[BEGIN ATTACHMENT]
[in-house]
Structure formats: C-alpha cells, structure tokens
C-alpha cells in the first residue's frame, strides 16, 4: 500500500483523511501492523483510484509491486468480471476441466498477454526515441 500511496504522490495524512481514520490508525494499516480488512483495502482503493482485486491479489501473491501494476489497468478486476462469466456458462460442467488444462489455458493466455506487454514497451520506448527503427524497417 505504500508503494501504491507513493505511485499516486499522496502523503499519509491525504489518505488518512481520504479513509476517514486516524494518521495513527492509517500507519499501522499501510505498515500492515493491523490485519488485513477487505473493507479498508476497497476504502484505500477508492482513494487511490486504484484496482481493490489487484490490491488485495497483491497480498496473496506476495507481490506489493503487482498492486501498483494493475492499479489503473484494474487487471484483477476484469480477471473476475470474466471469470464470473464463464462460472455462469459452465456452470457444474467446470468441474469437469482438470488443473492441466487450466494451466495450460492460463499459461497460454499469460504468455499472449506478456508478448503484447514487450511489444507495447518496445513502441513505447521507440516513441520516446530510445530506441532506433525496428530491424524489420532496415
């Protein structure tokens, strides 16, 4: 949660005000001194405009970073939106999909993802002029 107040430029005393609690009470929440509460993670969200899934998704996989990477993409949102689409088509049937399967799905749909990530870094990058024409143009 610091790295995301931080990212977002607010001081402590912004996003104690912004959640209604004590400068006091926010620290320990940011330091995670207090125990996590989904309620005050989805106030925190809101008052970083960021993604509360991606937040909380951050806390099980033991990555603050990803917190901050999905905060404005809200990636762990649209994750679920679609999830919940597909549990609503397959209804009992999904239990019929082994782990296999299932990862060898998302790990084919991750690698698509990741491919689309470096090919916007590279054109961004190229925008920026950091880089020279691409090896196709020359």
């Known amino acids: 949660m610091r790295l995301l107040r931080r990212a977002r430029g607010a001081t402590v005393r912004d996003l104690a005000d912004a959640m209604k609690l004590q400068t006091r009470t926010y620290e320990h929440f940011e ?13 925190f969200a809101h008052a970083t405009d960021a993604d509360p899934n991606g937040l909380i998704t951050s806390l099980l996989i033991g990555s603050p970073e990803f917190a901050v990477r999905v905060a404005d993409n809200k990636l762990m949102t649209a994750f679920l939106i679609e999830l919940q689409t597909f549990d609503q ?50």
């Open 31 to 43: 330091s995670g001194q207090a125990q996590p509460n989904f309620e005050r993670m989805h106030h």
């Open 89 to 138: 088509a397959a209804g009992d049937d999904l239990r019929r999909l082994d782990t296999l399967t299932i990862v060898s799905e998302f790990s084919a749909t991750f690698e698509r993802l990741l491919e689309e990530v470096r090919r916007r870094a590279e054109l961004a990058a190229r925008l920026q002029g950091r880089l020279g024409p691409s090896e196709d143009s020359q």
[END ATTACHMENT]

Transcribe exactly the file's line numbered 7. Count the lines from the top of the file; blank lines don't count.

């Open 89 to 138: 088509a397959a209804g009992d049937d999904l239990r019929r999909l082994d782990t296999l399967t299932i990862v060898s799905e998302f790990s084919a749909t991750f690698e698509r993802l990741l491919e689309e990530v470096r090919r916007r870094a590279e054109l961004a990058a190229r925008l920026q002029g950091r880089l020279g024409p691409s090896e196709d143009s020359q």